Pictures really do tell a thousand words
The most effective way to improve many children's literacy is to ignore words and instead concentrate on picture books, according to award- winning research.
University of Glasgow researchers were originally seeking a strategy to help migrant children with poor English to settle into classrooms - but a study has revealed that the approach it came up with is also highly effective at boosting language skills among children who have English as their first language.
An 18-month project looking at using pictures as well as text in developing literacy found that even advanced readers could benefit from returning to almost wordless books.
Researchers built on previous studies by working with children at St Martha's and Holy Cross primaries in Glasgow. The two classes of P6 students, which included refugees and asylum seekers but also native English speakers, started with picture books, before exploring pictures and text, and then moving on to text only. Work included putting picture books into words and producing artwork to illustrate texts without pictures.
The research found that these visual strategies "provided a level playing field for all students because there were no expectations about success or failure based on the traditional reading and writing skills". Moreover, it says, children "expanded their communicative language competencies" as they described images and expressed ideas and feelings about a story.
This helped migrant children's reading and made them more likely to discuss their experiences and culture, but Scottish children also benefited. The themes "resonated . for the `host' children who had experienced sectarianism and family separations", and helped to improve the work of Scottish children who had been struggling to read, the research team found.
Project leader Evelyn Arizpe said that the study had turned on its head the idea that children who cannot speak English are at a fundamental disadvantage in developing literacy skills and should be educated separately. "The visual literacy skills that the children already have can build their overall literacy, regardless of whether they are EAL (English as an additional language) children or English speakers. They have as much to contribute as other children - sometimes more, because they have to communicate a lot more when finding meaning in the visual," she said.
Given the project's success, and positive findings in other research, Dr Arizpe is concerned that picture books feature only in the Curriculum for Excellence for nursery and lower primary children, not for older children.
"It's disappointing because we feel there are so many good books out there that could be used, but it's hard to persuade some teachers to take this up," she said, adding that there was often resistance from parents, who "start worrying when their 11- or 12-year-old brings a picture book home".
Another benefit of the approach was to break down barriers between the children, as the books focused on migrant characters. "We didn't anticipate that they would engage so much with the immigrant characters, or show an interest in why they had had to leave their country," Dr Arizpe said. "They were quite indignant that girls could not go to school in Afghanistan."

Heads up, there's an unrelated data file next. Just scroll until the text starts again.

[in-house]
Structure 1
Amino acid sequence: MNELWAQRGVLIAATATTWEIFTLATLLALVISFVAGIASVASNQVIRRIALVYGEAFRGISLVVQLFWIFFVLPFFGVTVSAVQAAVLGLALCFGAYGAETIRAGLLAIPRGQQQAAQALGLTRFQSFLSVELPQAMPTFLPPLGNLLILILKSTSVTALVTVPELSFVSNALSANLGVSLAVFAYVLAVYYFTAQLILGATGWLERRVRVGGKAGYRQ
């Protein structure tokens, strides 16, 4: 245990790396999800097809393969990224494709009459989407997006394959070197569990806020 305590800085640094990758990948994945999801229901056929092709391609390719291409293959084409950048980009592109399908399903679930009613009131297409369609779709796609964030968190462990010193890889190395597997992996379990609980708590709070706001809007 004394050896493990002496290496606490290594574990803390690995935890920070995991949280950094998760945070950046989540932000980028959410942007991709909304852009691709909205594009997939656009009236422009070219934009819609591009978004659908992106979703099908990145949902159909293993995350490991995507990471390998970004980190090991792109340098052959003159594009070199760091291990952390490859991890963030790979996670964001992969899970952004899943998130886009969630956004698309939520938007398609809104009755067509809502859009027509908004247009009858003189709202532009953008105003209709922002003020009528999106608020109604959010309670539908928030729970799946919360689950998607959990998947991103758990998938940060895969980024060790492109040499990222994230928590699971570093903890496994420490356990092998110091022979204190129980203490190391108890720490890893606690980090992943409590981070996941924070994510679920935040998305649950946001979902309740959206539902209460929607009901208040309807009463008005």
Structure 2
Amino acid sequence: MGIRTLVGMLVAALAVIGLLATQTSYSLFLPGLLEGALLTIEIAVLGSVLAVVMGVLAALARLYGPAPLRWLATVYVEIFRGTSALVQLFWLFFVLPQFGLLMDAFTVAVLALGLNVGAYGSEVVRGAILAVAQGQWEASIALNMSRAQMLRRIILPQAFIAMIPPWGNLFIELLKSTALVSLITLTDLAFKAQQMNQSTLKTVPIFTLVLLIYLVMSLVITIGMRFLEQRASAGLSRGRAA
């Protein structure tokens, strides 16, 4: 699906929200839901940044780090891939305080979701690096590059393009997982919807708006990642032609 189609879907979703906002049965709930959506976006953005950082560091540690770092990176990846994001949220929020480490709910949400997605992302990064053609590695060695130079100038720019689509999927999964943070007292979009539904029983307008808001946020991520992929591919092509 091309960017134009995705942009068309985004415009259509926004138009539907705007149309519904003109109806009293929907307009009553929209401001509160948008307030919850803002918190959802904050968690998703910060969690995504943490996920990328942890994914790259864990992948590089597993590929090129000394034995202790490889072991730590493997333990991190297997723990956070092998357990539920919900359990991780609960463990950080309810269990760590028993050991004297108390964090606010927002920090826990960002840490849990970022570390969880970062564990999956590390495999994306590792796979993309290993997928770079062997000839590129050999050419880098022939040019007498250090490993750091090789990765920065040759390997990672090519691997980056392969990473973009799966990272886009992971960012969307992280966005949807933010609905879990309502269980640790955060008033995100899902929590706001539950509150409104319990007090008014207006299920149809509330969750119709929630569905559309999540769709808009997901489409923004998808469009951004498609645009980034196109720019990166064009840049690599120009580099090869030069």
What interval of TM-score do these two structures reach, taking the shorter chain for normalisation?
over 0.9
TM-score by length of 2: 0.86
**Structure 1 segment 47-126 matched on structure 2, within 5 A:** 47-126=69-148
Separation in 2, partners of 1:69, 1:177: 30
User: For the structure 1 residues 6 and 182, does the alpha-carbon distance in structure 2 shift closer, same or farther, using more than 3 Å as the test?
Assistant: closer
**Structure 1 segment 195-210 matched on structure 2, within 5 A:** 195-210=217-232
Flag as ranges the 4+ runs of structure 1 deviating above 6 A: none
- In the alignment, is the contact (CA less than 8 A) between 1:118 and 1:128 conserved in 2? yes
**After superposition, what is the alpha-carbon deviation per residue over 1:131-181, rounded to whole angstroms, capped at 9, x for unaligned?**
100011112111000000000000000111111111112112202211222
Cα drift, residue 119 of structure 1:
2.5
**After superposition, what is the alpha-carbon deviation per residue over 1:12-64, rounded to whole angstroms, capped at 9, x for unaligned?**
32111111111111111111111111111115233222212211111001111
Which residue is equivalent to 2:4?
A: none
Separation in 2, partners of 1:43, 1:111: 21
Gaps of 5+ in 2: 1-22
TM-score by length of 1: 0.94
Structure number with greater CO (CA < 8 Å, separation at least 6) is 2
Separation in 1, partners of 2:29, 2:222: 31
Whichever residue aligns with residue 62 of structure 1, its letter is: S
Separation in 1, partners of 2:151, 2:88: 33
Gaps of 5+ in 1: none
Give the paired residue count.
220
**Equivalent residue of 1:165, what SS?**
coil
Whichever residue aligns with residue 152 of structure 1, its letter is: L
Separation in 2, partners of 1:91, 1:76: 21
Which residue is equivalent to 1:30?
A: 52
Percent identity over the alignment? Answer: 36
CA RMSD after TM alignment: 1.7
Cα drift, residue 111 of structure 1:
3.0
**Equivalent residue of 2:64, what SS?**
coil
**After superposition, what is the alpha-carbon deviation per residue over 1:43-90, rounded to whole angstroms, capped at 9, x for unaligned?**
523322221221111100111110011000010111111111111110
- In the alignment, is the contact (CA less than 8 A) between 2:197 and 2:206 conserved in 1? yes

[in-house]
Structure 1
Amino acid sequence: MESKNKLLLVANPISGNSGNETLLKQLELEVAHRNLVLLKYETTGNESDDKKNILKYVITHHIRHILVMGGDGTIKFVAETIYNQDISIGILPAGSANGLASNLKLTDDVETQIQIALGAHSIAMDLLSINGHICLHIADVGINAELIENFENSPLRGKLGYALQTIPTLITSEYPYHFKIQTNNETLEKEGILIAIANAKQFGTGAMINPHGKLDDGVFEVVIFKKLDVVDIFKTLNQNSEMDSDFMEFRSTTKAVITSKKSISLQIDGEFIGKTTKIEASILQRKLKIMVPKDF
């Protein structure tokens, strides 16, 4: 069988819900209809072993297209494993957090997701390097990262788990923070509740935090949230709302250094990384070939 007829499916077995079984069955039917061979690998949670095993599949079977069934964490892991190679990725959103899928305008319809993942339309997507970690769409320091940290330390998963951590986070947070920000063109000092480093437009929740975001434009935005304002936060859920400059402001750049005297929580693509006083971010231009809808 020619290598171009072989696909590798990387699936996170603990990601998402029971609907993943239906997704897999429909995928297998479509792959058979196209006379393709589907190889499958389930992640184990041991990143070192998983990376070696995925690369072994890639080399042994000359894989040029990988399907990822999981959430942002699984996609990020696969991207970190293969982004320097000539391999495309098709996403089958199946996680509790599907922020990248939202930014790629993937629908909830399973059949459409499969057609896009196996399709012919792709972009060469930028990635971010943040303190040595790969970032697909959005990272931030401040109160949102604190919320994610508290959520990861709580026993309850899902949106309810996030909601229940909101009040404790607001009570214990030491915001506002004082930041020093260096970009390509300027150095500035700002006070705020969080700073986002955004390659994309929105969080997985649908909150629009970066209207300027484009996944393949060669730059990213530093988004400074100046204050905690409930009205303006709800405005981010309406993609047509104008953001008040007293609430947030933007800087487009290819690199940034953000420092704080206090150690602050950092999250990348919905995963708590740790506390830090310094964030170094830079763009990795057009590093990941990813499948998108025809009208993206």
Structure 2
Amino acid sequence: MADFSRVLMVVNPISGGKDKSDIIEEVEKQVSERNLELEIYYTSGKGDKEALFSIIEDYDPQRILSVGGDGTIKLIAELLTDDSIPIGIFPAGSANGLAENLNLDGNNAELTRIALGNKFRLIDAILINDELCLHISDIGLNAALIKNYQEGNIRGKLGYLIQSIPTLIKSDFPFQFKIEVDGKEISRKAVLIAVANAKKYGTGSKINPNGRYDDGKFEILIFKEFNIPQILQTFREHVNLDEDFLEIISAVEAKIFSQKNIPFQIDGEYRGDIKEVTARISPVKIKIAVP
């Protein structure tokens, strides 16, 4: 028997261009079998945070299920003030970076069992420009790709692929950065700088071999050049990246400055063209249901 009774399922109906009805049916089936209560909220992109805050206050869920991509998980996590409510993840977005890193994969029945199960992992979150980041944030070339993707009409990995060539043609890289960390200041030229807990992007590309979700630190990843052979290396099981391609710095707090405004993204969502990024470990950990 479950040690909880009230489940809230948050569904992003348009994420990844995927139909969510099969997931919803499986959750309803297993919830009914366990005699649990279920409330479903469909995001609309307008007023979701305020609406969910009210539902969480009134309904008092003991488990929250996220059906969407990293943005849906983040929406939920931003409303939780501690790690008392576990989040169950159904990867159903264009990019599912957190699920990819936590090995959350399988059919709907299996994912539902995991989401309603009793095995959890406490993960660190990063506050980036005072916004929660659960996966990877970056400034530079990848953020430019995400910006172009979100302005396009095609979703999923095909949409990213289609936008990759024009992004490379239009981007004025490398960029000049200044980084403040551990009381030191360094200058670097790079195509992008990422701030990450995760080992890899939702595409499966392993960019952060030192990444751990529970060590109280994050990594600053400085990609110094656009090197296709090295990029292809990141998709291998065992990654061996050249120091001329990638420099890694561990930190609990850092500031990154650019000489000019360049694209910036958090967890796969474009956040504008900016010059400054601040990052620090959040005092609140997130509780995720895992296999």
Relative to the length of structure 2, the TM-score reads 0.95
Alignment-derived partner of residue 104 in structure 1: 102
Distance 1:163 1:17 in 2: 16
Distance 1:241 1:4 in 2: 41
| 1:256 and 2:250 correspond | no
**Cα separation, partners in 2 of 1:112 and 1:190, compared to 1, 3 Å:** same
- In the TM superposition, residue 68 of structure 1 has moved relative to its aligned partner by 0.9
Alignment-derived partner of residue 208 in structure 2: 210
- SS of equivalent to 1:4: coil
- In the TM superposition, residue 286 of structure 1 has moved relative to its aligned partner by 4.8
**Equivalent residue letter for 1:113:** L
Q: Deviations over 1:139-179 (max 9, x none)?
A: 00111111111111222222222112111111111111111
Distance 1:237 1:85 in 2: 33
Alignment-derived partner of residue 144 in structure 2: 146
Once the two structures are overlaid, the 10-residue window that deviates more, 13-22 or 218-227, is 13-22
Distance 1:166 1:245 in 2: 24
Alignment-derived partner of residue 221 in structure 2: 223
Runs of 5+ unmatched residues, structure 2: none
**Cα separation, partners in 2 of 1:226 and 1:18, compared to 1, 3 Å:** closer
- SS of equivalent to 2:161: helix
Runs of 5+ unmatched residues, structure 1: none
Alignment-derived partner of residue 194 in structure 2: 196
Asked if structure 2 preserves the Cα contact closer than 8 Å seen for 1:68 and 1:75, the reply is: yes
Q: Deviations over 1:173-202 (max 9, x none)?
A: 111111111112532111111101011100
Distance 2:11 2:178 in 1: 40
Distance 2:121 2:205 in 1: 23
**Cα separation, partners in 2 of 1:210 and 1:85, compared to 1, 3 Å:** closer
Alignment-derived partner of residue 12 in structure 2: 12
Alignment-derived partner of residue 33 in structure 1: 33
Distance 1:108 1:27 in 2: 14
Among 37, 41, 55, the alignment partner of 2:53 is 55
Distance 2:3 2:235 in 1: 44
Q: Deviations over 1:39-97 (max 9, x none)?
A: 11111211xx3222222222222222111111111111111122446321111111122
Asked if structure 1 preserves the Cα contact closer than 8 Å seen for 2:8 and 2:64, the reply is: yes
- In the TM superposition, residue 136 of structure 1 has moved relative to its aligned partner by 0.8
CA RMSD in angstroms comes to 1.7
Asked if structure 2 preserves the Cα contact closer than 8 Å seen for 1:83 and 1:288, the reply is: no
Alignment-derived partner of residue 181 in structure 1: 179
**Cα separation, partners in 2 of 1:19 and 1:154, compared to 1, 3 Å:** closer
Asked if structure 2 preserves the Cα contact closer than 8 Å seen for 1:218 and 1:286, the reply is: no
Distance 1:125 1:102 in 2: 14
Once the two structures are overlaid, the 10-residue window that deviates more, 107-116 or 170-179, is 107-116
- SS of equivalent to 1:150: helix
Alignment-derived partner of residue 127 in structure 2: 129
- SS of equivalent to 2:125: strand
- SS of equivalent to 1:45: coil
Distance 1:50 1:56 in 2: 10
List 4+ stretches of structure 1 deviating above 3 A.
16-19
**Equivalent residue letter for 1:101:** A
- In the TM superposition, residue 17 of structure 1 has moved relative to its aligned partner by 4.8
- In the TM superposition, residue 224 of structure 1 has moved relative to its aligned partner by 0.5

The project, called Journeys from Images to Words, won the 2013 prize for joint work between schools and universities, awarded by the British Curriculum Foundation, the British Educational Research Association and publisher Routledge.
Vivienne Smith, an international expert on picture books, said: "What makes this project important is the way it uses image to help children cross the boundaries of language and culture . Teachers need to know how to use texts like this."
Author Morris Gleitzman, whose book Boy Overboard was used in the study, visited Glasgow to see the work in action. "I have never been part of anything like this before," he said. "It seems a very effective way of young people exploring texts."
Stephen Curran, Glasgow council's executive member for education and young people, said that more than 100 languages are spoken in schools across the city, adding: "Literacy development that equips our classroom staff to support new arrivals in schools is most welcome."
www.journeys-fromimagestowords.com Books used in the Glasgow study: The Rabbits by John Marsden and Shaun Tan. A picture book with a little text, about colonisation. At first, the rabbits appear friendly but it soon becomes clear that they are invaders. Gervelie's Journey: A Refugee Diary by Anthony Robinson and Annemarie Young. A combination of text, watercolours and photographs, telling the true story of Gervelie's escape from the Congo. Boy Overboard by Morris Gleitzman. Football-loving Jamal and his sister, Bibi, escape the Taliban by travelling to Australia, where more problems arise. Photo credit: Corbis
Images to words
Books used in the Glasgow study:
The Rabbits by John Marsden and Shaun Tan. A picture book with a little text, about colonisation. At first, the rabbits appear friendly but it soon becomes clear that they are invaders.
Gervelie's Journey: A Refugee Diary by Anthony Robinson and Annemarie Young. A combination of text, watercolours and photographs, telling the true story of Gervelie's escape from the Congo.
Boy Overboard by Morris Gleitzman. Football-loving Jamal and his sister, Bibi, escape the Taliban by travelling to Australia, where more problems arise.
Photo credit: Corbis